Suzanne Singer saying words to kids

From the Archives | An Inheritance of Words

This article was originally published in the August 2006 issue of Moment.    Lately, I've been thinking about words—my words—those that may be a piece of me worth leaving behind for my family. It's a reflection that leads me backward and forward—backward to the challenge of gathering and sorting; forward to the decision about what to do with what I find. It connects me to a piece I wrote about my plans for the future on the day after my 70th birthday, just one year ago. Included in the list was writing an ethical will. From medieval times, Jews wrote such documents to "transmit values, ideas and personal reflections to family and loved ones," according to 'Ethical Wills: A Modern Jewish Treasury' by Nathaniel Stampfer and Jack Riemer. The impulse to offer unsolicited advice to those younger may...

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David's Palace

From the Archives | Digging Deep for David’s Palace

This article was originally published in the October 2005 issue of Moment.    It was Friday afternoon in Jerusalem. The Shabbat rush filled the aisles at my supermarket. We were less than a week from the deadline for all Jews to leave Gaza and four communities in northern Samaria two days from Tisha B'Av, the fast day in remembrance of the destruction of the two Temples, and many other more recent tragedies that fell on this day. My shopping cart filled by rote while I spoke to two friends about what might happen and how we came to this perilous moment for the unity of the nation. We did not speak about the dangers that may lie in wait from Hamas, now declaring triumphantly that it is they who forced the Zionists from their homes. Our immediate...

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Water in Israel

From the Archives | The Pleasures of the Promised Land

This article was originally published in the February 2006 issue of Moment.    I'm astounded that 65 percent of American Jews have never visited Israel. Compare that to 22 percent of Jews in the United Kingdom and 30 percent from Mexico and South Africa. Maybe I'm astounded because I never return to what is now my home most of the year without discovering new pleasures and new mysteries. For too many Jews, Israel is a "should go place" but not a "really excites me" destination. Here's my advice: Tune out Zionist entreaties. Apply the measures to Israel that you use for any travel destination. Come because Israel is a microcosm of extraordinary people and places with all sorts of opportunities to fit your special fascinations. Are you a birder? Come to one of the world's great migration flyways...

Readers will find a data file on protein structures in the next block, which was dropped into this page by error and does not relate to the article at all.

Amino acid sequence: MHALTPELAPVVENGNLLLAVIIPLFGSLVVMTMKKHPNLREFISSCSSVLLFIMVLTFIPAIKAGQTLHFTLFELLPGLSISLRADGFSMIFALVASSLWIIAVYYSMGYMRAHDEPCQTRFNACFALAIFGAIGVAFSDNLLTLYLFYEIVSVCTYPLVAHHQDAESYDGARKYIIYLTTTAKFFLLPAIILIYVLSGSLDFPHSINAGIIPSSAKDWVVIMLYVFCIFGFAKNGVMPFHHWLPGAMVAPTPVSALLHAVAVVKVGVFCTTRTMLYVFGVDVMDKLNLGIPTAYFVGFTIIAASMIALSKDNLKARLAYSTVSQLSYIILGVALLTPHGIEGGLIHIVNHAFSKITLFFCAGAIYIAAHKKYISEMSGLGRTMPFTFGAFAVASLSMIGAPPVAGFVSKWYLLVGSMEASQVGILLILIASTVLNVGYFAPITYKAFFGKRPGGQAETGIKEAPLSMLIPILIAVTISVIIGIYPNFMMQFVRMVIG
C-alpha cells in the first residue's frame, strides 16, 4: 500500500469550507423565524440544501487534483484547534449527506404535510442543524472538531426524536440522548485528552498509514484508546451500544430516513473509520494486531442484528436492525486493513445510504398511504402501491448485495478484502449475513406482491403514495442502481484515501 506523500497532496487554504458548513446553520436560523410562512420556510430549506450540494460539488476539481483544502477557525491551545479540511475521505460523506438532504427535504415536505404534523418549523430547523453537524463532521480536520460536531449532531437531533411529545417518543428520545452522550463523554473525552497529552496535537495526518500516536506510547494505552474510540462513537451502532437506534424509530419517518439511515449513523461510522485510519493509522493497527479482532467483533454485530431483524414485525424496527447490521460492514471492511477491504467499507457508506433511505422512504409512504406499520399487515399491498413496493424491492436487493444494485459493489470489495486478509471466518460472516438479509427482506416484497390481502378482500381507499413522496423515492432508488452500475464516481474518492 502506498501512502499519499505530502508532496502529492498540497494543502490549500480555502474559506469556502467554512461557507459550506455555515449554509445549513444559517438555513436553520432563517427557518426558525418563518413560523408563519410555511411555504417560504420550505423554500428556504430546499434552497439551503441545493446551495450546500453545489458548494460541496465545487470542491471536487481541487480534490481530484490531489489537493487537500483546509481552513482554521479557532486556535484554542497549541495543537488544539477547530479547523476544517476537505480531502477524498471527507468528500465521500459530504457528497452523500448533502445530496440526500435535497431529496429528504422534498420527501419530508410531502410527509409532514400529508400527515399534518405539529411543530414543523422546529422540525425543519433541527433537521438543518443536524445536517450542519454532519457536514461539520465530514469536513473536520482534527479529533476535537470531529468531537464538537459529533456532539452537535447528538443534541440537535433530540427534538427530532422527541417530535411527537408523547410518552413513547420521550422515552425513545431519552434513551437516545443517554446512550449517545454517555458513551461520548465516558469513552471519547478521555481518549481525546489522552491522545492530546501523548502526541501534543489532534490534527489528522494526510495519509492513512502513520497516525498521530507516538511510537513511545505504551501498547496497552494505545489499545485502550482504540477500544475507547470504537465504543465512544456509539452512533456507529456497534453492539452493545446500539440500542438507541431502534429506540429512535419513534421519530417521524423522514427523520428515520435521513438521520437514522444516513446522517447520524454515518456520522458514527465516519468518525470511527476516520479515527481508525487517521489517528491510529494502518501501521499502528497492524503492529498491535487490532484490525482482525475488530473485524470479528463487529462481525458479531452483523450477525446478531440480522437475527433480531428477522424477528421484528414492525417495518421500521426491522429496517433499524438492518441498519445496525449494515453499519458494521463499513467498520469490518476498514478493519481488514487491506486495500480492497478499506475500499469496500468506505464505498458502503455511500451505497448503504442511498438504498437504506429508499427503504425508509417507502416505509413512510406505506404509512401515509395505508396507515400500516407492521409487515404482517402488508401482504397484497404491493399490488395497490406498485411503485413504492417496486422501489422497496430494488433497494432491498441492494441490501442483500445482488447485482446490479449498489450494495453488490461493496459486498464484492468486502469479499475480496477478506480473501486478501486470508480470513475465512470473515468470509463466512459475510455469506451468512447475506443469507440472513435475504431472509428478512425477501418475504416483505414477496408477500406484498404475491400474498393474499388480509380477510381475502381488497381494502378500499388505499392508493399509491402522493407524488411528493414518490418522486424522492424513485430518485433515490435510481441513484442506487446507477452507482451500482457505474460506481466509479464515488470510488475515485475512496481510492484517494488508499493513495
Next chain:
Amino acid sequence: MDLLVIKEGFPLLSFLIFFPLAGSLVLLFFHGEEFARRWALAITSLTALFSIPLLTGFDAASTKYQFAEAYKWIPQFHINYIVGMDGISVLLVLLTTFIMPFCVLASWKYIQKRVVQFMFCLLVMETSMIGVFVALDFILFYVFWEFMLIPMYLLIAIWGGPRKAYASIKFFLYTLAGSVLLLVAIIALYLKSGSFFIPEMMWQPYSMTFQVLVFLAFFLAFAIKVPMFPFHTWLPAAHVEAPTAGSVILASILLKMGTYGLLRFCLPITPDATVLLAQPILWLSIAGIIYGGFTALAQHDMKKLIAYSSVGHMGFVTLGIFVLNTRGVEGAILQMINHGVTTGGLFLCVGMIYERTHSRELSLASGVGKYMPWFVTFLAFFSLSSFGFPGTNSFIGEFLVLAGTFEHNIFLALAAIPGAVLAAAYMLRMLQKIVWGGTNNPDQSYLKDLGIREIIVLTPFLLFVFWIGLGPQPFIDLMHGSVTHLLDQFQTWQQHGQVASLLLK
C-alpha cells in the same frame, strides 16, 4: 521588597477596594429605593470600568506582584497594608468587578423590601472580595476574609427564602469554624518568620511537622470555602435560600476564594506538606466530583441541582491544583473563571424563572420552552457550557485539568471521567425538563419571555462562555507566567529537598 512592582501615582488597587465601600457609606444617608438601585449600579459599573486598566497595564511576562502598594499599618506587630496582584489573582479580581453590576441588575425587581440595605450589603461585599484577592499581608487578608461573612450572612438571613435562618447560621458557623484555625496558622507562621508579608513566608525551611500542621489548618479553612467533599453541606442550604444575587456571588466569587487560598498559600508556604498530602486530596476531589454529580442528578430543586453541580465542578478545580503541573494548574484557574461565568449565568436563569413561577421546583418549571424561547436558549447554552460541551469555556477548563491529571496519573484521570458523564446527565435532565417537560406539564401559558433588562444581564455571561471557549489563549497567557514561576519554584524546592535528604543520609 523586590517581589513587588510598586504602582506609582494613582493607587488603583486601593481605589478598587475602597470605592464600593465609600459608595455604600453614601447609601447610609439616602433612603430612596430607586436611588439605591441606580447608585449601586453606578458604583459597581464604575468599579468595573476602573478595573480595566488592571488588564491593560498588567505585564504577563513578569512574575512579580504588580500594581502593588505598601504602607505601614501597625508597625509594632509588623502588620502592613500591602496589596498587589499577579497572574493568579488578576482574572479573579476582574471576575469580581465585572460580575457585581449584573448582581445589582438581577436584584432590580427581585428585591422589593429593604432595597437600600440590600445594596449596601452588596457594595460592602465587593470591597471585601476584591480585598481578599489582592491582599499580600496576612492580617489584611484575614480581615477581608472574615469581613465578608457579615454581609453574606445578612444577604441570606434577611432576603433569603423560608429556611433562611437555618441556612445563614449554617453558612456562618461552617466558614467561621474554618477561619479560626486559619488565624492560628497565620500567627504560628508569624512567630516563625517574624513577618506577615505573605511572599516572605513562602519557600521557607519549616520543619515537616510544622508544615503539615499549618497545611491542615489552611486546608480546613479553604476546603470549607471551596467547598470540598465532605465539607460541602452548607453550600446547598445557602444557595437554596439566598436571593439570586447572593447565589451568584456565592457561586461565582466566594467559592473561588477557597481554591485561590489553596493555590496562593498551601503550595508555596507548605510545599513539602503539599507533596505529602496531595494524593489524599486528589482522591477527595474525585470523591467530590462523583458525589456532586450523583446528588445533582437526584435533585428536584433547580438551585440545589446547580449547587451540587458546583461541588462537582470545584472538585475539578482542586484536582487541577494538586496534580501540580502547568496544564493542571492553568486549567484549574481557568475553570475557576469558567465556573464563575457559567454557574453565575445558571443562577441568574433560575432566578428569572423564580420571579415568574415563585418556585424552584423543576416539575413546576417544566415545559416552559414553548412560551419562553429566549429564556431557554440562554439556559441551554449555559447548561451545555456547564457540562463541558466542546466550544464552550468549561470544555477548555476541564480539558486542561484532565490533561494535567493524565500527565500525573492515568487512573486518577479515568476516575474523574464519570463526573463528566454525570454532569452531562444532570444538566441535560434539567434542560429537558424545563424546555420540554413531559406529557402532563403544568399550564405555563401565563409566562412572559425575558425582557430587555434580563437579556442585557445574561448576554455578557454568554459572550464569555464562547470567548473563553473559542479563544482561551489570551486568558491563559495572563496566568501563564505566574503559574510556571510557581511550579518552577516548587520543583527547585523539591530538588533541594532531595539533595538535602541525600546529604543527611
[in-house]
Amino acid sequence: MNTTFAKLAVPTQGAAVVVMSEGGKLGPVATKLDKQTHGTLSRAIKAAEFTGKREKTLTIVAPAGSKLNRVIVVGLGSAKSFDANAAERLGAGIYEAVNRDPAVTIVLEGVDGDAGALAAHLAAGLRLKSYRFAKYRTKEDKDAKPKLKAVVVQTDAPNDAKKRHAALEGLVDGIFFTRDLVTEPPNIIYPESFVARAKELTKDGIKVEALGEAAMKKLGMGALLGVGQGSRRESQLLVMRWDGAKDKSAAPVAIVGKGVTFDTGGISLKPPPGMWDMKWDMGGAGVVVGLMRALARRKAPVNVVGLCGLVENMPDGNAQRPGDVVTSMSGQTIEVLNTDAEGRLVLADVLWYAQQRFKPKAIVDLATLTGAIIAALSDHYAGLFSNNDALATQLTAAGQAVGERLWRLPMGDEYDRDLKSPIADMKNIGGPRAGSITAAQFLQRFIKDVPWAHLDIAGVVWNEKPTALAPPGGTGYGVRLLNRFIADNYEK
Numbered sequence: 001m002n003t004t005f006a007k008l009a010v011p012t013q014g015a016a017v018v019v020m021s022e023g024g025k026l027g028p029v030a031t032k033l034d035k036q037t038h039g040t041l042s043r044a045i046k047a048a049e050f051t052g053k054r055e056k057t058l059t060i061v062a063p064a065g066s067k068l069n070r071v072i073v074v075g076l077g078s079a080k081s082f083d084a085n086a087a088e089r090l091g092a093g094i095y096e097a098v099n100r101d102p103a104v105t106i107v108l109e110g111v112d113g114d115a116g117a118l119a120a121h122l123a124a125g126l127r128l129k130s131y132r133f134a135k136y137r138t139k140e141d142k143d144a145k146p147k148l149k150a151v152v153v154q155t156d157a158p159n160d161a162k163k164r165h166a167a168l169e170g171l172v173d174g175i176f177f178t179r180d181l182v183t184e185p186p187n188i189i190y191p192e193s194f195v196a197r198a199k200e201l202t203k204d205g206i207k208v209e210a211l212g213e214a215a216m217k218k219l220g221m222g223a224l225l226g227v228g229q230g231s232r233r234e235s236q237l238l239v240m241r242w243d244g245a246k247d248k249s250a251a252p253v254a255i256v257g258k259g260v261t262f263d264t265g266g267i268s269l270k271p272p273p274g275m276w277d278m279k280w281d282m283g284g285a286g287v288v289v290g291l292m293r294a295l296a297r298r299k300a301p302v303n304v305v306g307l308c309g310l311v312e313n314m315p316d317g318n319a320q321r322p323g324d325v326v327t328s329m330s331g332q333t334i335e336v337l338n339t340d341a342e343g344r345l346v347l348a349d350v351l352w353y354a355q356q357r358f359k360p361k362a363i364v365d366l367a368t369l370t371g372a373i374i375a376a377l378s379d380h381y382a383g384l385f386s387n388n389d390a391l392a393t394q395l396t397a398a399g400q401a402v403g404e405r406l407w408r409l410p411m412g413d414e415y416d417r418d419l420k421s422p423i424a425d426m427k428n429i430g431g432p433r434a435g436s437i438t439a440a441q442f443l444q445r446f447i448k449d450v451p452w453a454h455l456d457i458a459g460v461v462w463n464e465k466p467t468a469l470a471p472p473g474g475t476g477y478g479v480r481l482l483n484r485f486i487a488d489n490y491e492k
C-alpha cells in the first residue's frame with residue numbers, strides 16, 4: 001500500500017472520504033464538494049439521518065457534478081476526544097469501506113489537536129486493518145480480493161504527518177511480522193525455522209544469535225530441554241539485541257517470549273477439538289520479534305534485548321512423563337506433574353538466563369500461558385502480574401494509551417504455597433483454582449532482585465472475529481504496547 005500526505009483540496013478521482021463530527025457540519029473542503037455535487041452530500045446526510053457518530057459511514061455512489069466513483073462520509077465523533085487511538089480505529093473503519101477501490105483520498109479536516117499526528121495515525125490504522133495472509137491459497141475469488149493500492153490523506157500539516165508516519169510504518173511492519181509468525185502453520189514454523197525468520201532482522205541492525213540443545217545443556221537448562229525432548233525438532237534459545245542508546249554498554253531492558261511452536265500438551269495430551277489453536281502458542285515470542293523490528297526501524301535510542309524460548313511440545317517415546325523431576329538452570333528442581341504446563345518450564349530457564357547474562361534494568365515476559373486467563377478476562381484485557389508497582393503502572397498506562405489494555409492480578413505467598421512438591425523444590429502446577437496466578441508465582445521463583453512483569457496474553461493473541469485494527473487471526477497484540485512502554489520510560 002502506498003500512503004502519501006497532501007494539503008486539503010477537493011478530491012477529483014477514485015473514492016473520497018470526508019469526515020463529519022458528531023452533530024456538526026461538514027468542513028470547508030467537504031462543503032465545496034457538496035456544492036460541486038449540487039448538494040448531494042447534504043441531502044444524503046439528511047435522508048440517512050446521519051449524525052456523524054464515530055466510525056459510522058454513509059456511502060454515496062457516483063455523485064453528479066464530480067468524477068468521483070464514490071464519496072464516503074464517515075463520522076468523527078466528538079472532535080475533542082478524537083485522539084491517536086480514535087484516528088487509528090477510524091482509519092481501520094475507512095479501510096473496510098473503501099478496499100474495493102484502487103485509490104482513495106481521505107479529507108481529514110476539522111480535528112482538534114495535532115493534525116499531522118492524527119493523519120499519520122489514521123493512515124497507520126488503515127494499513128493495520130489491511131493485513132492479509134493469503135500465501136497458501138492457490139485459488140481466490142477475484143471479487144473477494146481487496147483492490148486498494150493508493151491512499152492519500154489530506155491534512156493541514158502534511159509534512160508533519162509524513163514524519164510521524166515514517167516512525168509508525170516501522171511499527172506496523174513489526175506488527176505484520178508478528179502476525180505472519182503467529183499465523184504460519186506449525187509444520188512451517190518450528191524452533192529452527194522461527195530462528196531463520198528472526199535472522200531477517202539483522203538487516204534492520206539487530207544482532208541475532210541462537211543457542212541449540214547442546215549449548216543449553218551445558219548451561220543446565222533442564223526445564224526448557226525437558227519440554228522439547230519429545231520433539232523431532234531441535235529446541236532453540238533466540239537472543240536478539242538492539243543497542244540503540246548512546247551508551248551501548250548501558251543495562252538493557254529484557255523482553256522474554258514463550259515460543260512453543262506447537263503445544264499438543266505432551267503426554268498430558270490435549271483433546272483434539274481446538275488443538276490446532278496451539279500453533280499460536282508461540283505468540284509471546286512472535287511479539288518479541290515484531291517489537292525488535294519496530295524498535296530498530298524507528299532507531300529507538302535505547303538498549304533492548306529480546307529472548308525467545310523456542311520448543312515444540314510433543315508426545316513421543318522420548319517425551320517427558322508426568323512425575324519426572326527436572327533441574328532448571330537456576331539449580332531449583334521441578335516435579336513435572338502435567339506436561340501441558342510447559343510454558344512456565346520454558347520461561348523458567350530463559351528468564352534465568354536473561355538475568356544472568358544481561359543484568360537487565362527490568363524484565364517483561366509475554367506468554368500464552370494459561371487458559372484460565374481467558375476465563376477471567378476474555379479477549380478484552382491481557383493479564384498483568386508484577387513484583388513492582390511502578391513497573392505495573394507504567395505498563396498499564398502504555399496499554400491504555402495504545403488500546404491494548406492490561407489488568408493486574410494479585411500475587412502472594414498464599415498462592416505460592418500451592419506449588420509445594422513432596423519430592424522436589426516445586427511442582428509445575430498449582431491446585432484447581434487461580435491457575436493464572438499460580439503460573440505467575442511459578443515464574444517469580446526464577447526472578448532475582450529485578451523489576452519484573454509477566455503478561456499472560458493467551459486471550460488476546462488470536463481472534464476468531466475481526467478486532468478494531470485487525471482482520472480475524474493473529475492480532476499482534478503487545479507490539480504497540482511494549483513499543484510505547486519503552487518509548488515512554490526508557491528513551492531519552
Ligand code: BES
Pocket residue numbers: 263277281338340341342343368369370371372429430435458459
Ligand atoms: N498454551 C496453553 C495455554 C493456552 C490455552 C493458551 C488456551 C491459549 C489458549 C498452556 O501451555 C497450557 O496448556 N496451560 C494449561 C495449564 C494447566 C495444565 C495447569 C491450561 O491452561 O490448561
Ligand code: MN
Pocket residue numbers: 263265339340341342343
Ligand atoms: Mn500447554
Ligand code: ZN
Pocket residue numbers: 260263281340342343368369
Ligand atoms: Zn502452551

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Israel flag

From the Archives | Testing Ground

This article was originally published in the December 2004 issue of Moment.    A crowing rooster in a play yard and a curious granddaughter led us to Chelev Haaretz, "Fat of the Land." Inside the converted army storage depot left over from the Yom Kippur War we found another world, just a couple of blocks from our home in Jerusalem. Rabbi Yair Ben David opened Chelev Haaretz more than 20 years ago in order to do something for kids in the crime ridden slums of Baka. Today those slums, with tree-draped lanes, restored stone houses and an acceptance of religious and ethnic diversity, make up one of Jerusalem's most desirable neighborhoods. The high crime rate is gone, but poverty in the workers' housing blocks—intensified during the economically punishing years since September 2000—remains. And so do Rabbi Ben David...

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Temple in Southern Varanasi

From the Archives | India’s Lasting Gift

This article was originally published in the February 2007 issue of Moment.    India, with 16 official languages and a population of more than a billion people (80 percent Hindu and 13 percent Muslim), is home to the second largest Muslim community in the world. India gallops forward at an eight percent GNP growth per year, but statistics alone cannot capture this booming, contentious democracy that bombards the senses and challenges old certainties. After a week visiting Hindu temples and Mogul palace fortresses in Rajasthan, the State of the Princes, my husband and I arrived at Varanasi, the spirit-soaked city on the Ganges. Along teeming roads our driver wove between wandering cows, loaded camels gazing down imperiously, ox-drawn wooden-wheeled carts, bicycle rickshaws piled so high with brush that their straining drivers all but disappeared, hundreds of rainbow-tasseled vividly...

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Flag of Israel

From the Archives | Necessary Losses—and Gains

This article was originally published in the April 2005 issue of Moment.    Some 20 years ago, Judith Viorst's bestseller 'Necessary Losses' seemed to me wise but, in part, remote, written about times to come still hidden below the horizon. Since then, my parents have died and none of numerous relatives in my hometown of New York City is sail alive. I have given up being a full-time editor and become a contributing editor. My husband and I have had a few yellow-light health issues—none, so far, interfering with travel, keeping up with the 11 grandchildren or the pleasantness of planning future events. I'm in the run-up to 70. That's caught my attention, more with amazement than fear or dismay. I kind of like my older self. Age brings willingness to say things that go crosswise to common...

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